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The Bases And Philosophy Of Ethics - Part 1

Why are some deeds such as sacrifice, forgiveness and chastity considered proper and others such as injustice, lying, megalomania, and treason condemned? What are the criteria behind these judgments? Scholars have differing concepts toward these issues. Each one has a specific view on these questions depending on their world-views. Some of these conceptualizations follow:

1-The School Of Personal Sensuality:

Both in the past and at the present there have been philosophers who believe in nothing except pleasures of life. They say, "The future is uncertain; death might arrive at any moment and may destroy our life. Therefore, we should make best out of our time."

The forerunner of this school was Socrates’ student named Aristocles.

According to this school, any action which satisfies man's temporary pleasures is considered an ethical action albeit in its satisfaction some other people get hurt.

But this approach to life degenerates man to the status of an animal and disregards the Hereafter. Too much involvement in the mundane enjoyments does away with security in life and the poor will suffer the most.

Since material pleasures can not satisfy man's spirit, and their satisfaction is neither possible nor beneficial, therefore to found ethical deeds over transitory desires is one step toward nihilism and avoidance of ethics.

2- Epicurism Or Personal Expedience

Epicure, the Greek philosopher (270-341 BC), too, put personal interests as the foundation of ethics. He did not mean temporary or transitory pleasures, however. He is after a pleasure which either lacks later suffering or involves little amount of suffering. He believes man should shun a suffering which does not contain pleasure either now or later.

Epicure has divided pleasures into three groups:

a) Natural and necessary pleasures, such as eating, drinking and sleep;

b) Unnatural but unnecessary pleasures, such as sexual drive;

c) Natural but unnecessary pleasures, such as desire for fame and money.

Epicure, then, goes on to say that the first type of pleasures should

be fulfilled to a rational degree. The means to these ends should also be employed.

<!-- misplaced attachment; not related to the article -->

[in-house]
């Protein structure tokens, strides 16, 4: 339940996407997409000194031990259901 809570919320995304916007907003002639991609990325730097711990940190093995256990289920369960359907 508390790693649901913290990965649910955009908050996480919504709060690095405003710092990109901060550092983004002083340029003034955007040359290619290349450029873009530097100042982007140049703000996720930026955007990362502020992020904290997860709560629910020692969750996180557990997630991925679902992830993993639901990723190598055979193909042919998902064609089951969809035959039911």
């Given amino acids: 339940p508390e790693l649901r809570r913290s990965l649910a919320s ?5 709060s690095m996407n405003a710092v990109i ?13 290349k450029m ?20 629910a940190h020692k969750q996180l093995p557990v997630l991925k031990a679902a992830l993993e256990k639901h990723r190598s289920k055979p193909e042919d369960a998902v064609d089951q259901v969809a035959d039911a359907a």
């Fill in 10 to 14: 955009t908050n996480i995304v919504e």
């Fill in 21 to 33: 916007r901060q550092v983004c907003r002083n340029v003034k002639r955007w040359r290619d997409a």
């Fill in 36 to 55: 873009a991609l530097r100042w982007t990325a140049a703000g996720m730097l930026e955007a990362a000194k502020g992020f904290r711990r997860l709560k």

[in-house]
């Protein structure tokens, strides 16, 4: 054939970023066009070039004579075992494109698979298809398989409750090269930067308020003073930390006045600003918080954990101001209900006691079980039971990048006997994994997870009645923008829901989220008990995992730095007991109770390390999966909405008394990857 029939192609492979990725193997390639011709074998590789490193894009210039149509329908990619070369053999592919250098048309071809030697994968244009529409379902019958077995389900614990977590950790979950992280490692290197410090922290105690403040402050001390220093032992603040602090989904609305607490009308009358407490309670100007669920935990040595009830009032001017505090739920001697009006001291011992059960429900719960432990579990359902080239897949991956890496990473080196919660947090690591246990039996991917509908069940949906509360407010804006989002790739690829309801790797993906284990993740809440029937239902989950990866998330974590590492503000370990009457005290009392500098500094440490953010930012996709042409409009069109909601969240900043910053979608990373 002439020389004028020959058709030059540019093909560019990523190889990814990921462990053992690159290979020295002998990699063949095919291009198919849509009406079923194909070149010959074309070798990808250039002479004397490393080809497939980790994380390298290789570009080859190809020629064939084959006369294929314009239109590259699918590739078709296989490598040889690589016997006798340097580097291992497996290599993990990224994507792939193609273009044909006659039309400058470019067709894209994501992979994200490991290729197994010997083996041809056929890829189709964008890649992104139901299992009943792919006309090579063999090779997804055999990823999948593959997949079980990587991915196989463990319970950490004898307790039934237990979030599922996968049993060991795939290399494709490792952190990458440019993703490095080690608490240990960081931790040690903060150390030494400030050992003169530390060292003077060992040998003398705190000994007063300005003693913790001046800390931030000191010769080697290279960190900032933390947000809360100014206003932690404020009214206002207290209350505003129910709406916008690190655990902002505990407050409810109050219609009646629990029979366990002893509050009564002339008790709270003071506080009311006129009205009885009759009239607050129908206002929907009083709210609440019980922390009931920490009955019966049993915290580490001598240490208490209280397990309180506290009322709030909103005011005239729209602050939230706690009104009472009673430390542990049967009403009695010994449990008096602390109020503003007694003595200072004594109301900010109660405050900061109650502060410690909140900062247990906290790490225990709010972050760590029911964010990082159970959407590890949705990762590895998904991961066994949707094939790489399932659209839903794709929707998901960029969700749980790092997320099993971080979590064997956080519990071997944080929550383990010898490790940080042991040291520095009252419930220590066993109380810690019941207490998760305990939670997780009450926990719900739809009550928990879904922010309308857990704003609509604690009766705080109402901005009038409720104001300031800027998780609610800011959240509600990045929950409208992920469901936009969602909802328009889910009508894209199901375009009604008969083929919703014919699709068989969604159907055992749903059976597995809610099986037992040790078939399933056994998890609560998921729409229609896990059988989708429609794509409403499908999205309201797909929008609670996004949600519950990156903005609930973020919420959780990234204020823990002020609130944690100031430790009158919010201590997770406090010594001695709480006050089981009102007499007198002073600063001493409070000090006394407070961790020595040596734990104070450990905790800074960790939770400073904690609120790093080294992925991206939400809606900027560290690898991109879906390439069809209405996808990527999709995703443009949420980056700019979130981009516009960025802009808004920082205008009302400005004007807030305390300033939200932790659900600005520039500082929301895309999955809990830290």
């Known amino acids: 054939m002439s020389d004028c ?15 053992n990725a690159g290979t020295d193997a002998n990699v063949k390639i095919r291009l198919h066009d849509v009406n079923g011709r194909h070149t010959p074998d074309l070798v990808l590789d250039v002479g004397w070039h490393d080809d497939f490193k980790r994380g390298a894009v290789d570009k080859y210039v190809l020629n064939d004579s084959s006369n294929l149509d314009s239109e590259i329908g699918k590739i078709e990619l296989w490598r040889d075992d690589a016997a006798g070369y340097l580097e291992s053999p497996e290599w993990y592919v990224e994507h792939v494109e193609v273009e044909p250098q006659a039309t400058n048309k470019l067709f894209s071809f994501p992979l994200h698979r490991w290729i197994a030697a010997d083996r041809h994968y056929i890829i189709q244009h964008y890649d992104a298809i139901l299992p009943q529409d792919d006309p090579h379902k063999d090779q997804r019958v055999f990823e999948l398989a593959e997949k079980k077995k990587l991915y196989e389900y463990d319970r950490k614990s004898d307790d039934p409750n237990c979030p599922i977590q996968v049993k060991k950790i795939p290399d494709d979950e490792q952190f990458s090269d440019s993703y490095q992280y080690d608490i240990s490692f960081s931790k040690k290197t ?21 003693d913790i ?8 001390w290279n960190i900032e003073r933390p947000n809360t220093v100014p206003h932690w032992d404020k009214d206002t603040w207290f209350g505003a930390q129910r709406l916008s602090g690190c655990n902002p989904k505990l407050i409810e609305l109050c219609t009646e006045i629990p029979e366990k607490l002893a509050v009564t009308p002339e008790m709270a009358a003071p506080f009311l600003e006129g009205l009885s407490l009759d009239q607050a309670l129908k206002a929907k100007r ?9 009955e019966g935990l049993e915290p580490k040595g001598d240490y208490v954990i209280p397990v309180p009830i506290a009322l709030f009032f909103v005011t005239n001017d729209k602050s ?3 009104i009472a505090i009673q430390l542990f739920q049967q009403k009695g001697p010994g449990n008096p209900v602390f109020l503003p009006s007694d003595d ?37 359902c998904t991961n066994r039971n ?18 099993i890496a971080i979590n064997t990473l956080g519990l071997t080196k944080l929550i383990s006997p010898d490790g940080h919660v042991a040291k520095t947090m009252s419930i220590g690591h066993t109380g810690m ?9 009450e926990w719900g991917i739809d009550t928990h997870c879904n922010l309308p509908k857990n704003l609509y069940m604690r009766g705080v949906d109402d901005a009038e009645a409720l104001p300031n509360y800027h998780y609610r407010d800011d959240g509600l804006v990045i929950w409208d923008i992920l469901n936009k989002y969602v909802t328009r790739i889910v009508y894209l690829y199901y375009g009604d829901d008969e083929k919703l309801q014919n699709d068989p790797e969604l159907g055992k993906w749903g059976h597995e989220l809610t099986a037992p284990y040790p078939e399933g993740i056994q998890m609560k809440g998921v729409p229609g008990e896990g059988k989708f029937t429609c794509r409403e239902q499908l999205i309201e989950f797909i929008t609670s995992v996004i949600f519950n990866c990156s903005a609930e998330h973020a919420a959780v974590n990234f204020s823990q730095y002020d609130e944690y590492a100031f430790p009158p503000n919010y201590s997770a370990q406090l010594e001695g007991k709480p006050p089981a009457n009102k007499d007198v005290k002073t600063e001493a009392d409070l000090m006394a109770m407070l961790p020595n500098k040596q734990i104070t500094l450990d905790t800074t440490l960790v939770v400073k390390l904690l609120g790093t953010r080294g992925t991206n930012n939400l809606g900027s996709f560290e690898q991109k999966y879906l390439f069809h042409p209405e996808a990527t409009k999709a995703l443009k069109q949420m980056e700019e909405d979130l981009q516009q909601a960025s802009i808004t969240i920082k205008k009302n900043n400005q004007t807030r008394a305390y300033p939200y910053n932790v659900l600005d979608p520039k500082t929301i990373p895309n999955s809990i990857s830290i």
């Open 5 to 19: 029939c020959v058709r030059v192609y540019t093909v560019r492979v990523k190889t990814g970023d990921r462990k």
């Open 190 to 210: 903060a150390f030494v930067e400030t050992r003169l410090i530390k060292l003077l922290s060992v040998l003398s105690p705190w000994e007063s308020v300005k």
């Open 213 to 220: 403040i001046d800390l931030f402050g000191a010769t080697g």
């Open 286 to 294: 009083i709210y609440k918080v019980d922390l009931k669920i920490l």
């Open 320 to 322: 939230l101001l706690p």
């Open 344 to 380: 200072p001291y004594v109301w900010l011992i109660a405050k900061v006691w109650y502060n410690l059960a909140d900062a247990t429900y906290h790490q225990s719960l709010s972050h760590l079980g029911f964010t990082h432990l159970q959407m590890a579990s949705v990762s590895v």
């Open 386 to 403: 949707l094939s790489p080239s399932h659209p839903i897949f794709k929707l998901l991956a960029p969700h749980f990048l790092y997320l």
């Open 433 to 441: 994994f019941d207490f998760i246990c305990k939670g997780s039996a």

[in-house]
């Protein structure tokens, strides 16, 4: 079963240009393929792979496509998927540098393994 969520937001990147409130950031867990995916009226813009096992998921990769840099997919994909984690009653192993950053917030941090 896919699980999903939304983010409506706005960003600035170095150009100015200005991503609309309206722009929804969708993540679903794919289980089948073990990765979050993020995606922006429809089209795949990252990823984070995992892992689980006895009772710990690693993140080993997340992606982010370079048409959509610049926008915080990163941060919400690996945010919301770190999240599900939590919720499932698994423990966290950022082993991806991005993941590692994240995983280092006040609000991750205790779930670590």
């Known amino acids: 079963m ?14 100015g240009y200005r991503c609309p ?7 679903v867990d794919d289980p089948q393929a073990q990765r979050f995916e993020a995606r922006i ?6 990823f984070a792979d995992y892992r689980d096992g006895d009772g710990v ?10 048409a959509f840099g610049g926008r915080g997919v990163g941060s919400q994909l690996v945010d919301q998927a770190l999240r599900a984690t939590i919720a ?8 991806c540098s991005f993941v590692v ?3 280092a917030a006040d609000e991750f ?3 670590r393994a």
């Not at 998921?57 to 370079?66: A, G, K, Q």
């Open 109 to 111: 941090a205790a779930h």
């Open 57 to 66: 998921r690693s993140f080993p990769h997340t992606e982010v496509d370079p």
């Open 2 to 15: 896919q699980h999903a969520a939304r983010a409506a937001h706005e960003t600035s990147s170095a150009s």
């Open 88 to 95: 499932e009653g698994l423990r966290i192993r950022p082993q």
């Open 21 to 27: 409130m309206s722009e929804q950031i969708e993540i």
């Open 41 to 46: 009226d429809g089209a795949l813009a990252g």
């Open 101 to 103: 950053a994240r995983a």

But, according to Epicure, the second type of pleasures should also be satisfied normally. Going to extremes in this regard will lead to troubles.

But, the third type of pleasures which are neither natural nor necessary should be avoided altogether.

As you will see, the last hypothesis is more moderate, well-founded and wise than the previous one. However, it suffers from the following defects:

a) In this notion all aims are directed toward personal worldly interests. Whereas, according to the premises of the notion of the abstractness of self, the avoidance of the integument into material desires in this world may lend a better and flowery chance in the other world. This fact is not included in this notion, however.

b) This notion, like the previous one, reduces man's status to that of animal's in that it is concerned only with personal interests and not with collective interests and has shunned man's heavenly status altogether and has emphasized beastly stomach – filling, anger and lusts. Man, on the other hand, could, through training his skills, soar into the heavens and make the impossible seem attainable.

c) In this notion, the ethical goodness is defined only in the fulfillment of personal interests ignoring common interests as a whole.

The unnaturalness of this view is clear when we observe that others have a right to live like ourselves, too. How is it feasible to enjoy one's interests by destroying other people's rights?

d) A person's interests vary greatly according to one's status. They vary as well with individuals. Therefore, man's interests could not get regularized. On the contrary, ethical orders are highly systematic and well – organized, or else they would bring out chaos.43


43. The Bases of philosophy (Mabani-e Falsafe) p 374.

    The philosophy of ethics, pp 62-68.

    Husn wa Qubh ‘Aqli (Rational soundness and unsoundness) p 125.

Adapted from: "Imam 'Ali's First Treatise on The Islamic Ethics and Education" by: "Zainol Aabideen Qorbani Lahiji"